When our outcome variable is the frequency of occurrence of an event, we will typically use a count model to analyze the results. There are numerous count models. A few examples are: Poisson, negative binomial, zero-inflated Poisson and truncated negative binomial.
There are specific requirements for which count model to use. The models are not interchangeable. But regardless of the model we use, there is a very important prerequisite that they all share.
We must identify the period of time or area of space in which the counts were generated.
The term used for modeling the period of time or area of space is exposure. The exposure variable modifies each observation from a count into a rate per period of time or area.
For example, if you were to count birds at various locations, you would need to know the area of space in which you are doing the count. Ten birds counted within 100 square feet is more than 10 birds counted within 625 square feet.
Counting the number of births during the month of February (28 days) represents a different length of time than the number of births during the month of January (31 days).
If we don’t take into account the different exposures, we will have biased results.
An Exposure Variable Example
Let’s look at a model where the outcome is the number of deaths.
The predictors in the model are whether the deceased smoked and what age bracket they were in. The exponentiated model coefficients represent the incidence rate ratio (IRR) of the category compared to the base category.
The results tell us that smokers have a rate of death 6.24 times greater than non-smokers when controlling for their age bracket.
We also find that 55- to 64-year-olds have a rate of death 6.88 times more than 35- to 44-year-olds.
Interesting enough, we see that the rate of death for 75- to 84-year-olds is lower than 55- to 64-year-olds, when controlling for smoking. I would have to think that doesn’t make sense.
Converting Counts to Rates
Question: Over what period or area were the outcomes measured? Were they measured over the same period of time and over the same size population?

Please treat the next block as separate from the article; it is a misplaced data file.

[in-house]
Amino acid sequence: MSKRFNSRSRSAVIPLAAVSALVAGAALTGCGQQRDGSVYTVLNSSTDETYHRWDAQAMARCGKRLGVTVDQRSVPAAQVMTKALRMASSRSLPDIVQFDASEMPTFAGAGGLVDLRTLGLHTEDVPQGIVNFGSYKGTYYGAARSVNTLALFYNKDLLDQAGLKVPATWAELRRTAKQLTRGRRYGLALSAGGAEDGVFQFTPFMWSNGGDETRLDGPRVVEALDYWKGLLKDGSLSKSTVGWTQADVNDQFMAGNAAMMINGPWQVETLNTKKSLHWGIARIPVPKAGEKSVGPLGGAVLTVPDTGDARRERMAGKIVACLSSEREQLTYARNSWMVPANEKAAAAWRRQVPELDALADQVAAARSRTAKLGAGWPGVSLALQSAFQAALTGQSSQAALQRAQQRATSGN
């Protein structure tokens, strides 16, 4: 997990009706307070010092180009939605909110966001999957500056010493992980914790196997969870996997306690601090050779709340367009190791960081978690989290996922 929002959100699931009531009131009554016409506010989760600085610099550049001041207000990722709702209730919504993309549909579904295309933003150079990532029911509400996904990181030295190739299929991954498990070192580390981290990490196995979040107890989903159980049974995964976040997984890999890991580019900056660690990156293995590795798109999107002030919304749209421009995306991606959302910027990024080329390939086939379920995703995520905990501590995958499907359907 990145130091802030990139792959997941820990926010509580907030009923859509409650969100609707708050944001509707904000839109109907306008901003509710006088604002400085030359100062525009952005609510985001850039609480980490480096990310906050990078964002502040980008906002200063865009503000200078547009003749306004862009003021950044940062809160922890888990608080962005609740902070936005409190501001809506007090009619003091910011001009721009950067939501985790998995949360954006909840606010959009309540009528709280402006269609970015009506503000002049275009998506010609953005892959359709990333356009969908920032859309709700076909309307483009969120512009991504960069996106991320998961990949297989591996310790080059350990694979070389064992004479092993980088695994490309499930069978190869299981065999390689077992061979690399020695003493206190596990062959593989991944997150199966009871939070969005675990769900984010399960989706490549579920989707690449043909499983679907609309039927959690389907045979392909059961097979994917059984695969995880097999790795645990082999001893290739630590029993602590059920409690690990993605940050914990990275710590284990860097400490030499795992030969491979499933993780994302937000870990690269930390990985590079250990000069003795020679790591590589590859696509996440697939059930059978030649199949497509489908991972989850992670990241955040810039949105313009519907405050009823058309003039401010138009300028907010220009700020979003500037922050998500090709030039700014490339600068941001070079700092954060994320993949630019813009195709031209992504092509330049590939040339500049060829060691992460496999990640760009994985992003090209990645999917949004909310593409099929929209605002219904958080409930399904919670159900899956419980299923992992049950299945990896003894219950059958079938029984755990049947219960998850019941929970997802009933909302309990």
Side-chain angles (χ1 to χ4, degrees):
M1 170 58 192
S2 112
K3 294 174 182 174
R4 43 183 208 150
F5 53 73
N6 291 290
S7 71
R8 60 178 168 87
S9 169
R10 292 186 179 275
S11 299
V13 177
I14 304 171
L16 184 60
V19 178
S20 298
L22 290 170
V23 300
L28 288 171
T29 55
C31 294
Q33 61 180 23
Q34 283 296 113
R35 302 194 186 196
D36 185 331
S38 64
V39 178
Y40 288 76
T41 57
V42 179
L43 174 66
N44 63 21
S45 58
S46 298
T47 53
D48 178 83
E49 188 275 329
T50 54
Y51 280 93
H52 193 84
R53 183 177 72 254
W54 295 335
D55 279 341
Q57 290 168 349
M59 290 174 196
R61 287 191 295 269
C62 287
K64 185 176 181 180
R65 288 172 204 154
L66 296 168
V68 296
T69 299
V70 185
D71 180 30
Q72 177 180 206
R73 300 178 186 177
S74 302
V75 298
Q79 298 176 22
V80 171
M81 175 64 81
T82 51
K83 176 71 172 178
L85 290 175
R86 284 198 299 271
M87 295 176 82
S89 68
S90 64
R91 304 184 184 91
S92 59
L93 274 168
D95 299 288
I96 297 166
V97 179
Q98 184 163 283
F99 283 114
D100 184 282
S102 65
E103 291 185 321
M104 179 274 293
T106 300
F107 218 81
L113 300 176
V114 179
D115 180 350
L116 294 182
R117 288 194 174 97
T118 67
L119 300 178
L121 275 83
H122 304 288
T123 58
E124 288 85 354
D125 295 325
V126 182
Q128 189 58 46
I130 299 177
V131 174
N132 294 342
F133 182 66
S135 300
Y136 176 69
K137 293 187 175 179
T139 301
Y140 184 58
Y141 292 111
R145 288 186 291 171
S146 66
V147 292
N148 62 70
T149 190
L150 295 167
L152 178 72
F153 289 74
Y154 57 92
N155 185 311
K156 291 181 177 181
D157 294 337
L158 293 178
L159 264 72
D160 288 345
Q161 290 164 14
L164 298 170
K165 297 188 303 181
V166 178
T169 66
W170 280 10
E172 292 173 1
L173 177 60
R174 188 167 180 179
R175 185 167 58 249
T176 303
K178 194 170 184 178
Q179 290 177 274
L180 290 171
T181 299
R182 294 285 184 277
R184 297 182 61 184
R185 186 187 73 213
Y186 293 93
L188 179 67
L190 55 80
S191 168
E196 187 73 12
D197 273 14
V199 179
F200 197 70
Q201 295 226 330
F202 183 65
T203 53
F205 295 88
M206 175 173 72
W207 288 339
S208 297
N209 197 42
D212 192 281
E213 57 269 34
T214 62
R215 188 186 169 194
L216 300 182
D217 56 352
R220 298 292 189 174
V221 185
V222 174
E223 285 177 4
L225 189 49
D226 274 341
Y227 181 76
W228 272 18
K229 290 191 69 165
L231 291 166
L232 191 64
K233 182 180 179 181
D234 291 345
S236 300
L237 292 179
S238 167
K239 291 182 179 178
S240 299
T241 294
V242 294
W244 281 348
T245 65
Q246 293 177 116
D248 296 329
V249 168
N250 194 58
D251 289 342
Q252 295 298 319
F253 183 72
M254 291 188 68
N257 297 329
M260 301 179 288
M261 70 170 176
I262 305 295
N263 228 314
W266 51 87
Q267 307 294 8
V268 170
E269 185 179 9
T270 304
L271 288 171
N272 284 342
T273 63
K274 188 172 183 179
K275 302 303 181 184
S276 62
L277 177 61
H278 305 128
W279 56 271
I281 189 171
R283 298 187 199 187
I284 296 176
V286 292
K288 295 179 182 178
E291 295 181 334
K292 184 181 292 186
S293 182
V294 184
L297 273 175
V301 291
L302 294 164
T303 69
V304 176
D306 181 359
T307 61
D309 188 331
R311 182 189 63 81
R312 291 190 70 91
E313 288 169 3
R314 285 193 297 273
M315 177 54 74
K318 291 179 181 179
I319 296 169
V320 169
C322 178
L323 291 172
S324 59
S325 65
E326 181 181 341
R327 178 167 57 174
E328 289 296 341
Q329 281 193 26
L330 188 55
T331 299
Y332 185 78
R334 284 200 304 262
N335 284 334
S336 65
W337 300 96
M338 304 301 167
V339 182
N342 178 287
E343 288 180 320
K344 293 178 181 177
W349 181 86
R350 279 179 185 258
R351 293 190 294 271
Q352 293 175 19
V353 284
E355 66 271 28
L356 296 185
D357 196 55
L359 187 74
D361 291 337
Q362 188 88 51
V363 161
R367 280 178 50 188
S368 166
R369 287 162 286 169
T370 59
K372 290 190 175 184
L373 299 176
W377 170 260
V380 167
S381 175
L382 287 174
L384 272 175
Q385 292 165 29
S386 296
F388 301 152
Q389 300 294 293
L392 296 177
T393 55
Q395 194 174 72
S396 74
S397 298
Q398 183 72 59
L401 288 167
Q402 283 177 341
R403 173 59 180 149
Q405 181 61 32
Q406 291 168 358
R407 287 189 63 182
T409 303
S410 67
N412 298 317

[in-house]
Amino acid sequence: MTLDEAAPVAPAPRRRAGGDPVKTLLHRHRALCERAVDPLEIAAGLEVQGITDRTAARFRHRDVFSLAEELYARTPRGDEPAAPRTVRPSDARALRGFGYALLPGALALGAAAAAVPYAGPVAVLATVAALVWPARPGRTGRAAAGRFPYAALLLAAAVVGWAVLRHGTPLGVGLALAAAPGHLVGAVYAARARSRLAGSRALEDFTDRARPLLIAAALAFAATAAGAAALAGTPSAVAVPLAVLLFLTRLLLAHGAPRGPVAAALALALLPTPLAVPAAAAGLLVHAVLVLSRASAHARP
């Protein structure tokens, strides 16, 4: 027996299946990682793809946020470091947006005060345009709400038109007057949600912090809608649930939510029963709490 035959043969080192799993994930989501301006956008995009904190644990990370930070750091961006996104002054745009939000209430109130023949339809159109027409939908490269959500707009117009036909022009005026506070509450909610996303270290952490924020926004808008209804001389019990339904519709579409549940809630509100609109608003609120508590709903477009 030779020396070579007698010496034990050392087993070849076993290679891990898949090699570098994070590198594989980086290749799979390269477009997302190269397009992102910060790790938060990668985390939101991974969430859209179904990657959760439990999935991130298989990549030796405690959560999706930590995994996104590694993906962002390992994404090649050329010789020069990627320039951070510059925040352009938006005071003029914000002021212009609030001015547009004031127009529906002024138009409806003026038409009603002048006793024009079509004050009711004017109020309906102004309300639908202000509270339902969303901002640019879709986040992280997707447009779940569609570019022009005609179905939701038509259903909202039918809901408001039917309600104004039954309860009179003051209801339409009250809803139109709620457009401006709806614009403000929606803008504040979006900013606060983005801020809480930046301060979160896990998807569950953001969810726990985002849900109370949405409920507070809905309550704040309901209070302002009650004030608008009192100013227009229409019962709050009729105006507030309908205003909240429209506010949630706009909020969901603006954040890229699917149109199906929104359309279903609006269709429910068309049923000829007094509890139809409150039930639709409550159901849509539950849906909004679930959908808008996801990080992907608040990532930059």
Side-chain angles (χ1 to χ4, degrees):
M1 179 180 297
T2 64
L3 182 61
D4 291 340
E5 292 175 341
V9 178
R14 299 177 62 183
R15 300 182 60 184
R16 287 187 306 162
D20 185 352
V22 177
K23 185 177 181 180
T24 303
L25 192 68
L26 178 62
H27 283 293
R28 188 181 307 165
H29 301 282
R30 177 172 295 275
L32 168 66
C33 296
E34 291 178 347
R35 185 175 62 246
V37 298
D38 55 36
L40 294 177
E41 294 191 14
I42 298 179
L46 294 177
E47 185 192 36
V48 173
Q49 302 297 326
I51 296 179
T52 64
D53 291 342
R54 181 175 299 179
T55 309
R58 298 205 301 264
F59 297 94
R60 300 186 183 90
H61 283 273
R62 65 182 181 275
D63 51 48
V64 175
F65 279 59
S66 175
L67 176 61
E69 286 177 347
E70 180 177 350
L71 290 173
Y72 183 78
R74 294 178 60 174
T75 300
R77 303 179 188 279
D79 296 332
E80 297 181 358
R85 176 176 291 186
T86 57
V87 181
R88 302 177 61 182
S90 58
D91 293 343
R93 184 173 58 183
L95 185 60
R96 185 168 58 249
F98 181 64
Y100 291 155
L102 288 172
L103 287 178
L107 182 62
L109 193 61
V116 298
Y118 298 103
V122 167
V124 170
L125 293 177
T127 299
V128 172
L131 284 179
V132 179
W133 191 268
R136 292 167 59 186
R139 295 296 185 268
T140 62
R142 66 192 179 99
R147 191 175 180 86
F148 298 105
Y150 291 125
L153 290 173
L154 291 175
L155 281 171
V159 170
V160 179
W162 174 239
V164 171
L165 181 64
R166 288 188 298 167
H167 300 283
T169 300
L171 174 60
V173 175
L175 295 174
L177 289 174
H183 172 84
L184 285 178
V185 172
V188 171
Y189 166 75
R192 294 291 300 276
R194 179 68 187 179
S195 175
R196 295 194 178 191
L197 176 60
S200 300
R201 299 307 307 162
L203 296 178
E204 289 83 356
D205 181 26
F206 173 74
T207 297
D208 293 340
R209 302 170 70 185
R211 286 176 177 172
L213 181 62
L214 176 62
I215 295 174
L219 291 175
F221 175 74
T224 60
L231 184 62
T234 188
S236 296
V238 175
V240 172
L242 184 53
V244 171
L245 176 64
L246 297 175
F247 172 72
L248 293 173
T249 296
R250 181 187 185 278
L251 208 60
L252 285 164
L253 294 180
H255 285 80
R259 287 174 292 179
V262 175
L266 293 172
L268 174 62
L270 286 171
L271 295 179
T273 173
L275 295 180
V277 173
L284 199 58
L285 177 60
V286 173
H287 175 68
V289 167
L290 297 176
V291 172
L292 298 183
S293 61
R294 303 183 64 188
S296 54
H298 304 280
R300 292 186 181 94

It turns out they were not.
Each observation measures the number of deaths by person-years. The data in this analysis were collected from English counties. It contains the number of smokers and non-smokers per age category and the number of deaths over a specific time period in each county.
As you can imagine, the number of people living in county A and county B will differ. So will the number of years each county is measured.
Including an exposure variable, such as person-years, allows the counts of deaths to be comparable. We don’t want to predict more deaths just because a county has more people or because we measured it for a longer period of time.
After including person-years in our model as the exposure variable, we get very different results.
The incidence rate ratio drops from 6.24 to 1.43 when comparing smokers to non-smokers. In addition, as age increases, the incident rate ratio (as compared to the base category) increases. This intuitively makes sense.
Note: Some statistical software requires the analyst to include the “offset” variable rather than the “exposure” variable. If that is the case with your software, you will need to take the natural log of the variable in order to include it in the model.
**This article was updated Nov. 19th, 2020.
Jeff Meyer is a statistical consultant with The Analysis Factor, a stats mentor for Statistically Speaking membership, and a workshop instructor. Read more about Jeff here.